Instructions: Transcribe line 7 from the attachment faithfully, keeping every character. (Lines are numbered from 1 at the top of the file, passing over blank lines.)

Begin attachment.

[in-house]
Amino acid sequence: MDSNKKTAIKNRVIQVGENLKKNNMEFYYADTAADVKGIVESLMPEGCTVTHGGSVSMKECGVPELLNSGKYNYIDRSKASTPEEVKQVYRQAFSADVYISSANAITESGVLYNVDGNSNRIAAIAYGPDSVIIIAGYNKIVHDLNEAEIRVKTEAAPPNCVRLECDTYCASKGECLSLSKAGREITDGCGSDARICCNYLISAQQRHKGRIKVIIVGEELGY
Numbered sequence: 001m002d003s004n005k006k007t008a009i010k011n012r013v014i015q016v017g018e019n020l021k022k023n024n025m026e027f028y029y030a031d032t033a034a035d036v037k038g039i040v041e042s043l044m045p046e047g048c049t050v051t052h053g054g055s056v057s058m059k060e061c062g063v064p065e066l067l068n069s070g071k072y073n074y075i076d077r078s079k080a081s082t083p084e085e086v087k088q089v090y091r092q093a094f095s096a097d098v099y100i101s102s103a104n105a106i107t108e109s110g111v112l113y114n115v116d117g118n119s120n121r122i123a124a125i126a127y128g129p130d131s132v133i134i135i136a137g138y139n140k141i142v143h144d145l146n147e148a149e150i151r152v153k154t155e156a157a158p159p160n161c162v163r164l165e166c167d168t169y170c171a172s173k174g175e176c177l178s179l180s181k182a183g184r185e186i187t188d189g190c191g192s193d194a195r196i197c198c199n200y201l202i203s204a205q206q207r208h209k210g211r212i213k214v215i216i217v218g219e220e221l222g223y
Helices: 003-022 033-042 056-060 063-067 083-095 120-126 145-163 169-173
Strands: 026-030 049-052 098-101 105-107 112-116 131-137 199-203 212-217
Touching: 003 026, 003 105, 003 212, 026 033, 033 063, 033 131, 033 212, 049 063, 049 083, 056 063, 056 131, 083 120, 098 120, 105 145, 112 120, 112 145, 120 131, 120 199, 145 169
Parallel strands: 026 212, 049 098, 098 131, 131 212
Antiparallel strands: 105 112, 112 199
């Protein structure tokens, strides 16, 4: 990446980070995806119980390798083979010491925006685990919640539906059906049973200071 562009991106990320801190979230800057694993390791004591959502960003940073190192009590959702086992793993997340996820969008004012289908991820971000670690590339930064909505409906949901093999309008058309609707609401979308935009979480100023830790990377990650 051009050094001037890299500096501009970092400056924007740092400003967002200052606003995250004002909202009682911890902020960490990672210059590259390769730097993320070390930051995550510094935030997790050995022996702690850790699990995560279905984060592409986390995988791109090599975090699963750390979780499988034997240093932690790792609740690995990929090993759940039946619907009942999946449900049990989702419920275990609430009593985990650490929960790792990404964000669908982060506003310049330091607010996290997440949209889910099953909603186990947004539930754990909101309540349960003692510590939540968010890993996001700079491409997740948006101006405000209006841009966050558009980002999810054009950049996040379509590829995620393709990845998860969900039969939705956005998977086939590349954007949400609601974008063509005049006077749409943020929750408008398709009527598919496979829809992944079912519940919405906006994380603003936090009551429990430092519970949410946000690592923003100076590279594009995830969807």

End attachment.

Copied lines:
Parallel strands: 026 212, 049 098, 098 131, 131 212